Blog

    semi-truck-stopping-distances

    The Life-Altering Reality of Semi-Truck Stopping Distances

    Newton’s second law of motion states that the force of an object is equal to its mass multiplied by its acceleration. With respect to traffic accidents, this means that a heavy vehicle traveling at a fast rate of speed will be capable of hitting another vehicle with an impact serious enough to cause life-threatening personal injury to others. Semi-trucks weigh significantly more than the typical passenger vehicle. The average semi-truck can weigh upwards of 80,000 pounds when fully loaded with cargo, compared to approximately 4,000 pounds for a standard passenger car. This difference leads to vast discrepancies in braking distance between the two vehicles.

    Understanding Semi-Truck Stopping Distances

    Compared to a normal passenger vehicle traveling at the same speed, large trucks like semi-trucks take much longer to come to a complete stop, even in ideal conditions. The total amount of time it takes a semi-truck to make a stop depends on a number of factors, including the overall weight of the vehicle and the load it is carrying in its trailer, as well as the conditions of the roadway and if the driver had time to prepare for the stop or was forced to engage in emergency braking maneuvers due to unforeseen activity on the road.

    According to the Federal Motor Carrier Safety Administration (FMCSA), a normal passenger vehicle traveling at 65 miles per hour will need approximately 300 feet to come to a complete stop. However, a fully loaded truck driving at that same speed will need about 600 feet to come to a complete stop. In other words, the semi-truck in this scenario will need about twice as much room in order to safely come to a complete stop when compared with the average car.

    Factors That Influence the Stopping Distance of a Semi-Truck

    PLG Blog Images (71)

    Many different factors can account for the variation of semi-truck stopping distances, as well as the severity of any injury that may result from an accident. For example, the reaction time of drivers can play a major role in how quickly a potential threat is responded to on the roads. For both passenger vehicles and trucks, it typically takes a driver about 1.5 seconds to register a dangerous situation and apply the brakes. This reaction time can be impeded if the driver is under the influence of drugs or alcohol or if they are otherwise distracted while behind the wheel.

    The weight of the vehicle is another major factor that determines how long it will take a semi-truck to come to a complete stop. If the truck is carrying a heavy load, it will take longer to come to a stop than an empty truck. Heavier loads also cause semi-trucks to accelerate more quickly when going downhill, requiring extra braking power when needed.

    Speed may seem like an obvious factor that impacts the stopping distance of semi-trucks, but it cannot be ignored. No matter the size of the vehicle in question, the faster it is going, the longer it will take to come to a complete stop.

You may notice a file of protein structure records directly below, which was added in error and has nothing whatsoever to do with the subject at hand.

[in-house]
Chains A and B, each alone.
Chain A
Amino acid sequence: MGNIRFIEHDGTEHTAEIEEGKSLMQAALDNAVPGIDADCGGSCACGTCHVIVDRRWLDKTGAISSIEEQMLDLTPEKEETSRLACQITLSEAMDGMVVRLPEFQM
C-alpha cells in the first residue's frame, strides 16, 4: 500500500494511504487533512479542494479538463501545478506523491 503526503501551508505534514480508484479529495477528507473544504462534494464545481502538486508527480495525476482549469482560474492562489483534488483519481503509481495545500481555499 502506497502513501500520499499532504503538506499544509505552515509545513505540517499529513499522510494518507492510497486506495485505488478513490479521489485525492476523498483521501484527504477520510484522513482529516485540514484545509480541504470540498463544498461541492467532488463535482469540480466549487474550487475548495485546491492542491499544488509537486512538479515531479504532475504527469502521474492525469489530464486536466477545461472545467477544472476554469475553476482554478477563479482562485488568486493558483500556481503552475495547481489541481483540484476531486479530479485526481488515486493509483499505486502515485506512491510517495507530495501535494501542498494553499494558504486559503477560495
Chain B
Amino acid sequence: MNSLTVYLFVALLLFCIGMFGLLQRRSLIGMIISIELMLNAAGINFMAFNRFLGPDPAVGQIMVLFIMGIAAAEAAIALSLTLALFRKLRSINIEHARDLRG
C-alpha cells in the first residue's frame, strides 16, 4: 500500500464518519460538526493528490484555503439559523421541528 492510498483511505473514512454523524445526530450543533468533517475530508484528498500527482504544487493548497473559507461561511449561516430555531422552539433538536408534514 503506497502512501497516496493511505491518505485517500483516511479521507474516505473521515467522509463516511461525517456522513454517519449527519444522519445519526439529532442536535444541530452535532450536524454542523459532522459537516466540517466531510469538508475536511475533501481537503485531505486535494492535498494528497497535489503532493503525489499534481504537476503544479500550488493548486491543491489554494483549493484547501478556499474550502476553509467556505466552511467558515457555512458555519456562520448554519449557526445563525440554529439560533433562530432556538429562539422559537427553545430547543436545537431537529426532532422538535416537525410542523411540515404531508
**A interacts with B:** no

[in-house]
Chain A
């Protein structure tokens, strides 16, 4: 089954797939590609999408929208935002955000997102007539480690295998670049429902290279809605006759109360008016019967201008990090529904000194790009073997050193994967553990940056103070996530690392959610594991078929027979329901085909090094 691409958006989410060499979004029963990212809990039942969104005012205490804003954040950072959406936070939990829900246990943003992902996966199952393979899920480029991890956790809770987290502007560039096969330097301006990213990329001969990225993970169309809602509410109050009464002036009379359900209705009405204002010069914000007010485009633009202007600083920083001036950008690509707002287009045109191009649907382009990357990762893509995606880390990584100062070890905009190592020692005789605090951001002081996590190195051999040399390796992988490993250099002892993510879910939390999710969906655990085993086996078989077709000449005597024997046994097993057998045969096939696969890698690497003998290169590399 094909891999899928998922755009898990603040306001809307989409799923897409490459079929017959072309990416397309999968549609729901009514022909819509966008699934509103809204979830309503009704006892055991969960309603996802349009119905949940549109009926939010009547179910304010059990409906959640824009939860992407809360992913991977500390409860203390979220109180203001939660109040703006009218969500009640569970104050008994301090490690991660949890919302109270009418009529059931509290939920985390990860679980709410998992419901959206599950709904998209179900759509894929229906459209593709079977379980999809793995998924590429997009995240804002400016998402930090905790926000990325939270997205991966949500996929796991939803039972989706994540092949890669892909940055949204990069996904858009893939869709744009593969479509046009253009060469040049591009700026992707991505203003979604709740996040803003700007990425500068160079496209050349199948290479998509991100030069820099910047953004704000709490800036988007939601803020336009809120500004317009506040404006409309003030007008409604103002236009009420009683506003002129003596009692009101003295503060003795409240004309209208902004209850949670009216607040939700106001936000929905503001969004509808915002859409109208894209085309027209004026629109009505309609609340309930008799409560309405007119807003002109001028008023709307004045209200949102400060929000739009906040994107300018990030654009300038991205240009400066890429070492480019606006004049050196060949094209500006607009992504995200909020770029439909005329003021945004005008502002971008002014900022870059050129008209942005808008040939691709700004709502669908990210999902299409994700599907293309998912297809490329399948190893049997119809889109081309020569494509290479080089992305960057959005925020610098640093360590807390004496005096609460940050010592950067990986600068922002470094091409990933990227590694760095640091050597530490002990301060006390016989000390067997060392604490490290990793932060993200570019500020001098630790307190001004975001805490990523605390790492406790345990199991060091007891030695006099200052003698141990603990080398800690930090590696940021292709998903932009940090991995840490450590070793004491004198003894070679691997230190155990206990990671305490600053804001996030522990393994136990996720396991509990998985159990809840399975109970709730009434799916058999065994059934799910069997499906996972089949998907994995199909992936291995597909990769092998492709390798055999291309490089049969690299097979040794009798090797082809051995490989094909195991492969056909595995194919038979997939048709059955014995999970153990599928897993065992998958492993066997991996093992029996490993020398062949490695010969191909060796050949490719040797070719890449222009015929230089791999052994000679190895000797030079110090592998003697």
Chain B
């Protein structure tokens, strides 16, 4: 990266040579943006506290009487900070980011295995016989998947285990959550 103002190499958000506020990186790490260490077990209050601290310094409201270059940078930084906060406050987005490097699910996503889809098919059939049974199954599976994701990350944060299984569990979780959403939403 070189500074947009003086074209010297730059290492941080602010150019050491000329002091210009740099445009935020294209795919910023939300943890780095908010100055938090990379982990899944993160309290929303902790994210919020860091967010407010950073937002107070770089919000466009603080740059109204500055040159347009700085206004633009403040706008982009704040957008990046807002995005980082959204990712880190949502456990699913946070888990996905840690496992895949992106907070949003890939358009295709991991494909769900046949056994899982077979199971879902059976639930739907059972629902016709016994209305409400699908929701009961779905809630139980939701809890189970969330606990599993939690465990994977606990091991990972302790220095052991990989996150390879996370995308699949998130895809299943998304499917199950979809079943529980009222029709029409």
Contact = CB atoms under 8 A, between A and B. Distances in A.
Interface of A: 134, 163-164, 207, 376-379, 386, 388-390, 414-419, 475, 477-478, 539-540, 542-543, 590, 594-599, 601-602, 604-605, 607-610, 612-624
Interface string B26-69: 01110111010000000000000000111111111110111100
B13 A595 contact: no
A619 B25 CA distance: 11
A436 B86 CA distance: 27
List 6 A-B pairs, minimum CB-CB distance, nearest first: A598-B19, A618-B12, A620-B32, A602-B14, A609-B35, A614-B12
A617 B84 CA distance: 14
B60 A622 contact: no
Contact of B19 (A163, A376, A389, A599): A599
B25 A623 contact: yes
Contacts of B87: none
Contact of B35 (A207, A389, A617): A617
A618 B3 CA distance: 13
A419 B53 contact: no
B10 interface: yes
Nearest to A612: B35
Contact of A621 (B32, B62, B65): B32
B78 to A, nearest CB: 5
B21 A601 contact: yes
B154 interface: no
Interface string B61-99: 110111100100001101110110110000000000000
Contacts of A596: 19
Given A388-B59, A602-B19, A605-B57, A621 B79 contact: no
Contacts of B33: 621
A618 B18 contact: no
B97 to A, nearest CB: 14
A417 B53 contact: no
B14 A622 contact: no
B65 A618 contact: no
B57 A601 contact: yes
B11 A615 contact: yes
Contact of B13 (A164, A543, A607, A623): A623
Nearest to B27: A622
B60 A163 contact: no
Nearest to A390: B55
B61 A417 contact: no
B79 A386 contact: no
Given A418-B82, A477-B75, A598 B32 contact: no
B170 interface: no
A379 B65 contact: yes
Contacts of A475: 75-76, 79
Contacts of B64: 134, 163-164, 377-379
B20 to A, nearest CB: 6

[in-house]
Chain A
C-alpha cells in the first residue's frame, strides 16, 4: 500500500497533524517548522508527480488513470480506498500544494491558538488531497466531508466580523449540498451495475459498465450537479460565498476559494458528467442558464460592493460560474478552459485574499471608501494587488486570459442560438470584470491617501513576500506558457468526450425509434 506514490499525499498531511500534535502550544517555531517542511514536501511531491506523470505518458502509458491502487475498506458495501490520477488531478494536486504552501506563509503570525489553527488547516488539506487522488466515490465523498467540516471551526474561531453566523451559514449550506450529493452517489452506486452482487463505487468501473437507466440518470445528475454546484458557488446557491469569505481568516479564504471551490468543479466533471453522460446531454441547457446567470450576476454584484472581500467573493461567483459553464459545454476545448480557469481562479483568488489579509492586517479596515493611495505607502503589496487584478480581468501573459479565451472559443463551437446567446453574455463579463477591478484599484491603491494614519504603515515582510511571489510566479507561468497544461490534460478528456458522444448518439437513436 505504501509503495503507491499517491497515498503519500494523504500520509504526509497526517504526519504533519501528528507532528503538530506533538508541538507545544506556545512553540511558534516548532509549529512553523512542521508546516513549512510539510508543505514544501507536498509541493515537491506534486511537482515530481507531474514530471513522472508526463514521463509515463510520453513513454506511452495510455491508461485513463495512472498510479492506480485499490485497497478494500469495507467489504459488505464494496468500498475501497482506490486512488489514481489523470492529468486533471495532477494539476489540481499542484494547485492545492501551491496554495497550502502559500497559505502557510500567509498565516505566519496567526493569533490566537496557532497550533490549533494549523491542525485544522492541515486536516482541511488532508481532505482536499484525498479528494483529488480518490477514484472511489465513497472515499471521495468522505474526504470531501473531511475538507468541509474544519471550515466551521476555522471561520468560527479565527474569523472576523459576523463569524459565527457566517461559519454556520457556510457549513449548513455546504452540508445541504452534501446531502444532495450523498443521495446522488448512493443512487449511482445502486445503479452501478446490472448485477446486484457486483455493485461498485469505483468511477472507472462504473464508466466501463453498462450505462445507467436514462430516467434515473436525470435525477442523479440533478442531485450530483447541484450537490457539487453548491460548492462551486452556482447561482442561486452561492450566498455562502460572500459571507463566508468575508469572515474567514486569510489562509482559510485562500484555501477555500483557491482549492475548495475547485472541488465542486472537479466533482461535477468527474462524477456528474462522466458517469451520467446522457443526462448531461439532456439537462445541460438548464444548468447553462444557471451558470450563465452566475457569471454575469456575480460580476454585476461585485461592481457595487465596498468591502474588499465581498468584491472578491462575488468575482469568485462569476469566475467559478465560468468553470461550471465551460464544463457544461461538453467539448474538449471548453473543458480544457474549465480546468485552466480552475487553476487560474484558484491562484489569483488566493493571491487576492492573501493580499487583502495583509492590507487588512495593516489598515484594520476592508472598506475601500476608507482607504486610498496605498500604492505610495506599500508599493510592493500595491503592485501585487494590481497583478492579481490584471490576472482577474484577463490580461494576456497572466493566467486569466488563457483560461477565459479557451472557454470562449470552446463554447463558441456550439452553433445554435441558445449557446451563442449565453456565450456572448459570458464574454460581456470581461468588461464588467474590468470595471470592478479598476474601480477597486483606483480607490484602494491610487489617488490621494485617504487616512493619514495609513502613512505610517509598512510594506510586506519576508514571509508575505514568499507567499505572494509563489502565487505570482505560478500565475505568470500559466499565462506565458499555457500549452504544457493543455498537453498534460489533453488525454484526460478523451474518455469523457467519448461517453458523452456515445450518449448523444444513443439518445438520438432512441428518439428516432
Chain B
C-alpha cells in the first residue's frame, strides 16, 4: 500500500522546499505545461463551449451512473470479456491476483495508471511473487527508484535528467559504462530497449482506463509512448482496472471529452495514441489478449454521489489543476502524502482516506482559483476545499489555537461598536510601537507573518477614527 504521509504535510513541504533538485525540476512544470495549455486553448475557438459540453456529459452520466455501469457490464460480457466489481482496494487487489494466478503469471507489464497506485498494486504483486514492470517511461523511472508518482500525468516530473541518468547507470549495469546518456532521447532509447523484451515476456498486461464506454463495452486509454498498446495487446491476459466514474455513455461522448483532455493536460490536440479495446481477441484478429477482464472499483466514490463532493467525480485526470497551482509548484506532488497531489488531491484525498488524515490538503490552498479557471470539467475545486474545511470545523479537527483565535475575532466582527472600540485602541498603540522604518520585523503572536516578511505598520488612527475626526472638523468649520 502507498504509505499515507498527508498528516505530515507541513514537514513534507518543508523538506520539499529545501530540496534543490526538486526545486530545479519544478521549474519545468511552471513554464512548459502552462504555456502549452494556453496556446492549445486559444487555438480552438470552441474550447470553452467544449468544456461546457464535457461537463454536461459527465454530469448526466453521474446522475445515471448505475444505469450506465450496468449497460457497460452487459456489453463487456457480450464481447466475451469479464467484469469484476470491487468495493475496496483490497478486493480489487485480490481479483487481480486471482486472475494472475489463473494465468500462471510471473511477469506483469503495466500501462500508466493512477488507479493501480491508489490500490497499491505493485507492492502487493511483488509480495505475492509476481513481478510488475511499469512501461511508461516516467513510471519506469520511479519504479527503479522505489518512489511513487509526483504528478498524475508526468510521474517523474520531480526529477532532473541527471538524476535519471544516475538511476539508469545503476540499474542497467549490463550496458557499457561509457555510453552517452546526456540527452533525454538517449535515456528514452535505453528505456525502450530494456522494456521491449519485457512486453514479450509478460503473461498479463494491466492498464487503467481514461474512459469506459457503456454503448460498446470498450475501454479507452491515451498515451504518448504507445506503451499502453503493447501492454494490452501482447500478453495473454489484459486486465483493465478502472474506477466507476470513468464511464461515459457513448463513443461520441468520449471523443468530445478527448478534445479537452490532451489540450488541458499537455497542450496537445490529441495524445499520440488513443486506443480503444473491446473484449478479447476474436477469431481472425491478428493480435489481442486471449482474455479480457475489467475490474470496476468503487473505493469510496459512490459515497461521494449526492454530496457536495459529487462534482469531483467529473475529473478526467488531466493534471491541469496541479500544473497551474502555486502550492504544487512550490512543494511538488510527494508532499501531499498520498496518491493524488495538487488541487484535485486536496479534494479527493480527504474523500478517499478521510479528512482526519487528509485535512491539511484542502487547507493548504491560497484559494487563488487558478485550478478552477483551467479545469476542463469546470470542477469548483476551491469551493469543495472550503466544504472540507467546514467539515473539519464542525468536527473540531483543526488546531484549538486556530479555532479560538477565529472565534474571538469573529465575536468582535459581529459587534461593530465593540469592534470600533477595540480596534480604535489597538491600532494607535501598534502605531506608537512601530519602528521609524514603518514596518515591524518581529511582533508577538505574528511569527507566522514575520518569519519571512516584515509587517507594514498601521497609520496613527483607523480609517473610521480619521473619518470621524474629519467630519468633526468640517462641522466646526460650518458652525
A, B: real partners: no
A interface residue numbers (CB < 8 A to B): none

Finally, the nature of a semi-truck’s braking system can impact its braking distance. While most passenger vehicles are equipped with hydraulic brakes which use liquid to shorten stop times, semi-trucks often have air brakes that take more time to work. When a truck driver first applies an air brake, air builds up across the length and breadth of the vehicle. When this air buildup is complete, the brakes begin to slow the truck. This braking process takes more time, which can impact how long a truck driver needs to prepare for a stop.

    If you include weather and road conditions, this is another factor that can often exacerbate the already slow stopping time of a semi-truck. If the roads are wet or icy, it’s even more difficult for a trucker to safely bring the large vehicle to a full stop.

    Common Examples of Accidents Involving Semi-Trucks

    PLG Blog Images (53)

    The stopping distance required by semi-trucks is just one of many examples of factors that can contribute to major truck crashes. We have covered many of them in our blog recently, but let’s go over some of the major examples to be aware of. Keep in mind that some of these common causes could potentially go hand-in-hand with the stopping distance issue, creating an even more dangerous situation.

    • Blind spots contribute to accidents between commercial trucks and passenger vehicles in a number of ways. One common cause of accidents occurs when vehicles are following each other too closely, whether in front or behind a semi-truck. Semi-trucks need a much longer stretch of road in which to slow down, meaning any motor vehicle that stops abruptly in front of a semi-truck may not be able to avoid being hit from the rear. On a similar note, cars that follow too closely behind a semi may not be ready to brake at the same frequency that truck drivers do, leading to a collision.